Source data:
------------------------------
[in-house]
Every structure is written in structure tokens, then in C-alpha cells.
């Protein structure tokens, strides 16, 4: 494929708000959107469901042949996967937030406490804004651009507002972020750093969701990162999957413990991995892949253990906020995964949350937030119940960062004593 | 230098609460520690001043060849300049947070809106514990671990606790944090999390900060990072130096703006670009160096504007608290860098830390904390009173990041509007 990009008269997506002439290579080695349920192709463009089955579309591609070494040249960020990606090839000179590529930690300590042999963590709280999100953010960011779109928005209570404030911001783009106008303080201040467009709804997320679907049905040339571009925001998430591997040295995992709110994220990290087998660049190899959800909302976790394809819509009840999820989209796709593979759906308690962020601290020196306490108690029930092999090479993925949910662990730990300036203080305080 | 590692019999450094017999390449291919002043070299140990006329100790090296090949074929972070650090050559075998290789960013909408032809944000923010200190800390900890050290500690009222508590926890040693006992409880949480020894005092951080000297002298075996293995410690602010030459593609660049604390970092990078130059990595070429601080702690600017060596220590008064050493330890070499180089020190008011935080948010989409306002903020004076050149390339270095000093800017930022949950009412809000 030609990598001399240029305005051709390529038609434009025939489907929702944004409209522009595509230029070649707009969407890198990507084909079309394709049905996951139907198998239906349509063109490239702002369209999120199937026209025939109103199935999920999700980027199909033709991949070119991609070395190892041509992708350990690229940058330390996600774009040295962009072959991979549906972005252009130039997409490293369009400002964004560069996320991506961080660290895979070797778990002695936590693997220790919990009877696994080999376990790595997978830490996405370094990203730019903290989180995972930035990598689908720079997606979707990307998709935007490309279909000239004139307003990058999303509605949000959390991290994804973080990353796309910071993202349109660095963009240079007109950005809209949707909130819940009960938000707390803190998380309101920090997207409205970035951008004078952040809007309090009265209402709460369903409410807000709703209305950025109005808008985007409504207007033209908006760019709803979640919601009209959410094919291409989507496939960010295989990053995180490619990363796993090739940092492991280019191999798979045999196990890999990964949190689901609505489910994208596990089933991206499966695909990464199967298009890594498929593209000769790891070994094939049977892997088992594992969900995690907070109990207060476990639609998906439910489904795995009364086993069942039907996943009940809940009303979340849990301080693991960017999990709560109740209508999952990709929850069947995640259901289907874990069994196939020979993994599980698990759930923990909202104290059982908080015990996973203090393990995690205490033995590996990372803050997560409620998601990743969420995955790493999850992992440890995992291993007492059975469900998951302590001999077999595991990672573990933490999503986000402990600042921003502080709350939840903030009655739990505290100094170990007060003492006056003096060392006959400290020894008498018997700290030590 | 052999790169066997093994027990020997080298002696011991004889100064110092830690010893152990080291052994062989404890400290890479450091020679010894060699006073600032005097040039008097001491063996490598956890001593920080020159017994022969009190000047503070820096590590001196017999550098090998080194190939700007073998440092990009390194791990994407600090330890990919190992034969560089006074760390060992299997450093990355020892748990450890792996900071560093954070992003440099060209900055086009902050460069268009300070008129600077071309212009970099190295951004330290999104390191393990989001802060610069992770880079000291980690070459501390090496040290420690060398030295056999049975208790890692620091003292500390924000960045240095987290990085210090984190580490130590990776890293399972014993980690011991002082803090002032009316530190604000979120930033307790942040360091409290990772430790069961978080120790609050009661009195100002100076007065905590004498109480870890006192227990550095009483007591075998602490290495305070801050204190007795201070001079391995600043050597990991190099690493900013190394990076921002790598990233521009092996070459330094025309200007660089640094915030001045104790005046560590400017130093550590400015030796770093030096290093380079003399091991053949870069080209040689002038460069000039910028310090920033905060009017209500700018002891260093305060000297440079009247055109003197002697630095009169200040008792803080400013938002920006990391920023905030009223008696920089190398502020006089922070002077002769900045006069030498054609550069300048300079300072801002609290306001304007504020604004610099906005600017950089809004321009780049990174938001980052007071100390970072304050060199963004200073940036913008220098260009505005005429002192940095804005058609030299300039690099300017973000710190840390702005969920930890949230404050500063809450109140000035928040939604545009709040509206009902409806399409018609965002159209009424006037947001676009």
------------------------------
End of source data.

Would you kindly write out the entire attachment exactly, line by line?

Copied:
[in-house]
Every structure is written in structure tokens, then in C-alpha cells.
């Protein structure tokens, strides 16, 4: 494929708000959107469901042949996967937030406490804004651009507002972020750093969701990162999957413990991995892949253990906020995964949350937030119940960062004593 | 230098609460520690001043060849300049947070809106514990671990606790944090999390900060990072130096703006670009160096504007608290860098830390904390009173990041509007 990009008269997506002439290579080695349920192709463009089955579309591609070494040249960020990606090839000179590529930690300590042999963590709280999100953010960011779109928005209570404030911001783009106008303080201040467009709804997320679907049905040339571009925001998430591997040295995992709110994220990290087998660049190899959800909302976790394809819509009840999820989209796709593979759906308690962020601290020196306490108690029930092999090479993925949910662990730990300036203080305080 | 590692019999450094017999390449291919002043070299140990006329100790090296090949074929972070650090050559075998290789960013909408032809944000923010200190800390900890050290500690009222508590926890040693006992409880949480020894005092951080000297002298075996293995410690602010030459593609660049604390970092990078130059990595070429601080702690600017060596220590008064050493330890070499180089020190008011935080948010989409306002903020004076050149390339270095000093800017930022949950009412809000 030609990598001399240029305005051709390529038609434009025939489907929702944004409209522009595509230029070649707009969407890198990507084909079309394709049905996951139907198998239906349509063109490239702002369209999120199937026209025939109103199935999920999700980027199909033709991949070119991609070395190892041509992708350990690229940058330390996600774009040295962009072959991979549906972005252009130039997409490293369009400002964004560069996320991506961080660290895979070797778990002695936590693997220790919990009877696994080999376990790595997978830490996405370094990203730019903290989180995972930035990598689908720079997606979707990307998709935007490309279909000239004139307003990058999303509605949000959390991290994804973080990353796309910071993202349109660095963009240079007109950005809209949707909130819940009960938000707390803190998380309101920090997207409205970035951008004078952040809007309090009265209402709460369903409410807000709703209305950025109005808008985007409504207007033209908006760019709803979640919601009209959410094919291409989507496939960010295989990053995180490619990363796993090739940092492991280019191999798979045999196990890999990964949190689901609505489910994208596990089933991206499966695909990464199967298009890594498929593209000769790891070994094939049977892997088992594992969900995690907070109990207060476990639609998906439910489904795995009364086993069942039907996943009940809940009303979340849990301080693991960017999990709560109740209508999952990709929850069947995640259901289907874990069994196939020979993994599980698990759930923990909202104290059982908080015990996973203090393990995690205490033995590996990372803050997560409620998601990743969420995955790493999850992992440890995992291993007492059975469900998951302590001999077999595991990672573990933490999503986000402990600042921003502080709350939840903030009655739990505290100094170990007060003492006056003096060392006959400290020894008498018997700290030590 | 052999790169066997093994027990020997080298002696011991004889100064110092830690010893152990080291052994062989404890400290890479450091020679010894060699006073600032005097040039008097001491063996490598956890001593920080020159017994022969009190000047503070820096590590001196017999550098090998080194190939700007073998440092990009390194791990994407600090330890990919190992034969560089006074760390060992299997450093990355020892748990450890792996900071560093954070992003440099060209900055086009902050460069268009300070008129600077071309212009970099190295951004330290999104390191393990989001802060610069992770880079000291980690070459501390090496040290420690060398030295056999049975208790890692620091003292500390924000960045240095987290990085210090984190580490130590990776890293399972014993980690011991002082803090002032009316530190604000979120930033307790942040360091409290990772430790069961978080120790609050009661009195100002100076007065905590004498109480870890006192227990550095009483007591075998602490290495305070801050204190007795201070001079391995600043050597990991190099690493900013190394990076921002790598990233521009092996070459330094025309200007660089640094915030001045104790005046560590400017130093550590400015030796770093030096290093380079003399091991053949870069080209040689002038460069000039910028310090920033905060009017209500700018002891260093305060000297440079009247055109003197002697630095009169200040008792803080400013938002920006990391920023905030009223008696920089190398502020006089922070002077002769900045006069030498054609550069300048300079300072801002609290306001304007504020604004610099906005600017950089809004321009780049990174938001980052007071100390970072304050060199963004200073940036913008220098260009505005005429002192940095804005058609030299300039690099300017973000710190840390702005969920930890949230404050500063809450109140000035928040939604545009709040509206009902409806399409018609965002159209009424006037947001676009």